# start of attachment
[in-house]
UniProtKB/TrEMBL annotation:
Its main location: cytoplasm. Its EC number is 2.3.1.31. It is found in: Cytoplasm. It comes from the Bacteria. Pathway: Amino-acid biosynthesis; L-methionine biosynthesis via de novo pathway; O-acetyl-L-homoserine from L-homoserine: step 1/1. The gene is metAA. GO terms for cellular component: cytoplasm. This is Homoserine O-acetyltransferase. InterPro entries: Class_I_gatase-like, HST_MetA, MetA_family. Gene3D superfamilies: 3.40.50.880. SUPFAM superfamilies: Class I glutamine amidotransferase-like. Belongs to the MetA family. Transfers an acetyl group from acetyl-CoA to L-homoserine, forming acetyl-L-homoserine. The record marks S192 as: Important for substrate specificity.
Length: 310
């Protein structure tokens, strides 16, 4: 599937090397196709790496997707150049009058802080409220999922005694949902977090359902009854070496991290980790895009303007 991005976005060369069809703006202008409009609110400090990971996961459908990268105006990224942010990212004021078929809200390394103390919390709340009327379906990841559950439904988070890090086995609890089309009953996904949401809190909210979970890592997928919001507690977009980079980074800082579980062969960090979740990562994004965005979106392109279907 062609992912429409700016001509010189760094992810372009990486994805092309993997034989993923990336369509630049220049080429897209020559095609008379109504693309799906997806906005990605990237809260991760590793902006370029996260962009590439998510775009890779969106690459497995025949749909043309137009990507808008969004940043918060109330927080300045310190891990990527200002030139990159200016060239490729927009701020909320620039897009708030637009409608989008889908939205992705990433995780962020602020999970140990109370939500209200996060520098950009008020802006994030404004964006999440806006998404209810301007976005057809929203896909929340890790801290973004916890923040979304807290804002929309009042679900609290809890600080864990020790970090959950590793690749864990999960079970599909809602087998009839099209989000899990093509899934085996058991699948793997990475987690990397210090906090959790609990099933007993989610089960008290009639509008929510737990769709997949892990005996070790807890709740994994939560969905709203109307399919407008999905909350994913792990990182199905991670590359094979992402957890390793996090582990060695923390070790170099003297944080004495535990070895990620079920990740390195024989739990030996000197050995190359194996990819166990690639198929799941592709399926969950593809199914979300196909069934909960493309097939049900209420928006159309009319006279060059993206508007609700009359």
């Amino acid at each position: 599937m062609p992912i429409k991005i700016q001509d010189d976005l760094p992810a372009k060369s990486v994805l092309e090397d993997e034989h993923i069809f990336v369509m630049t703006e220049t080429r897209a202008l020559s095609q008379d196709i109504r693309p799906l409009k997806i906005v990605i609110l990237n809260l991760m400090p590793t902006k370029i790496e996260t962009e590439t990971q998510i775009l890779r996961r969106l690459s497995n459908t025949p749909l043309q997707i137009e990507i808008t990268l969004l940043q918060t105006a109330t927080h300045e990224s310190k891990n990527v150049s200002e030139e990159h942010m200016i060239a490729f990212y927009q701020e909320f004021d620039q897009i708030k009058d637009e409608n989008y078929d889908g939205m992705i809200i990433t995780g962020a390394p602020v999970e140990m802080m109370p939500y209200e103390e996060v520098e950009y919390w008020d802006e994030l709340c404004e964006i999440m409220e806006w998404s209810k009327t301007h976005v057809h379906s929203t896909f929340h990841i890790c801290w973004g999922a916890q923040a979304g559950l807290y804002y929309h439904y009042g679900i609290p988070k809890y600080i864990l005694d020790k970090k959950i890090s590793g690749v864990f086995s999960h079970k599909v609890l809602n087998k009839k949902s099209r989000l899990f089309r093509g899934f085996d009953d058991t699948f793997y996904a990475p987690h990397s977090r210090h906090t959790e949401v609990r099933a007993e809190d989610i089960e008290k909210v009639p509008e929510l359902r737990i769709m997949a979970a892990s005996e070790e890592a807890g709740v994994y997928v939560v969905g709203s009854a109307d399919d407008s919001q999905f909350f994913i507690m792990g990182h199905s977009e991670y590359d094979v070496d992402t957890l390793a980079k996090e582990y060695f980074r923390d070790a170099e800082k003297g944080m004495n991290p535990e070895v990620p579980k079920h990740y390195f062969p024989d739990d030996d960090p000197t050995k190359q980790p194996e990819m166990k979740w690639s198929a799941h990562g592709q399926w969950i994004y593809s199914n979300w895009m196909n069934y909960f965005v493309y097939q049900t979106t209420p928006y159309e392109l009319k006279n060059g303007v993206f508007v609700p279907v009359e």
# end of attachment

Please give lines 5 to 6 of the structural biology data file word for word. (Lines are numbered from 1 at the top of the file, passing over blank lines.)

């Protein structure tokens, strides 16, 4: 599937090397196709790496997707150049009058802080409220999922005694949902977090359902009854070496991290980790895009303007 991005976005060369069809703006202008409009609110400090990971996961459908990268105006990224942010990212004021078929809200390394103390919390709340009327379906990841559950439904988070890090086995609890089309009953996904949401809190909210979970890592997928919001507690977009980079980074800082579980062969960090979740990562994004965005979106392109279907 062609992912429409700016001509010189760094992810372009990486994805092309993997034989993923990336369509630049220049080429897209020559095609008379109504693309799906997806906005990605990237809260991760590793902006370029996260962009590439998510775009890779969106690459497995025949749909043309137009990507808008969004940043918060109330927080300045310190891990990527200002030139990159200016060239490729927009701020909320620039897009708030637009409608989008889908939205992705990433995780962020602020999970140990109370939500209200996060520098950009008020802006994030404004964006999440806006998404209810301007976005057809929203896909929340890790801290973004916890923040979304807290804002929309009042679900609290809890600080864990020790970090959950590793690749864990999960079970599909809602087998009839099209989000899990093509899934085996058991699948793997990475987690990397210090906090959790609990099933007993989610089960008290009639509008929510737990769709997949892990005996070790807890709740994994939560969905709203109307399919407008999905909350994913792990990182199905991670590359094979992402957890390793996090582990060695923390070790170099003297944080004495535990070895990620079920990740390195024989739990030996000197050995190359194996990819166990690639198929799941592709399926969950593809199914979300196909069934909960493309097939049900209420928006159309009319006279060059993206508007609700009359």
């Amino acid at each position: 599937m062609p992912i429409k991005i700016q001509d010189d976005l760094p992810a372009k060369s990486v994805l092309e090397d993997e034989h993923i069809f990336v369509m630049t703006e220049t080429r897209a202008l020559s095609q008379d196709i109504r693309p799906l409009k997806i906005v990605i609110l990237n809260l991760m400090p590793t902006k370029i790496e996260t962009e590439t990971q998510i775009l890779r996961r969106l690459s497995n459908t025949p749909l043309q997707i137009e990507i808008t990268l969004l940043q918060t105006a109330t927080h300045e990224s310190k891990n990527v150049s200002e030139e990159h942010m200016i060239a490729f990212y927009q701020e909320f004021d620039q897009i708030k009058d637009e409608n989008y078929d889908g939205m992705i809200i990433t995780g962020a390394p602020v999970e140990m802080m109370p939500y209200e103390e996060v520098e950009y919390w008020d802006e994030l709340c404004e964006i999440m409220e806006w998404s209810k009327t301007h976005v057809h379906s929203t896909f929340h990841i890790c801290w973004g999922a916890q923040a979304g559950l807290y804002y929309h439904y009042g679900i609290p988070k809890y600080i864990l005694d020790k970090k959950i890090s590793g690749v864990f086995s999960h079970k599909v609890l809602n087998k009839k949902s099209r989000l899990f089309r093509g899934f085996d009953d058991t699948f793997y996904a990475p987690h990397s977090r210090h906090t959790e949401v609990r099933a007993e809190d989610i089960e008290k909210v009639p509008e929510l359902r737990i769709m997949a979970a892990s005996e070790e890592a807890g709740v994994y997928v939560v969905g709203s009854a109307d399919d407008s919001q999905f909350f994913i507690m792990g990182h199905s977009e991670y590359d094979v070496d992402t957890l390793a980079k996090e582990y060695f980074r923390d070790a170099e800082k003297g944080m004495n991290p535990e070895v990620p579980k079920h990740y390195f062969p024989d739990d030996d960090p000197t050995k190359q980790p194996e990819m166990k979740w690639s198929a799941h990562g592709q399926w969950i994004y593809s199914n979300w895009m196909n069934y909960f965005v493309y097939q049900t979106t209420p928006y159309e392109l009319k006279n060059g303007v993206f508007v609700p279907v009359e």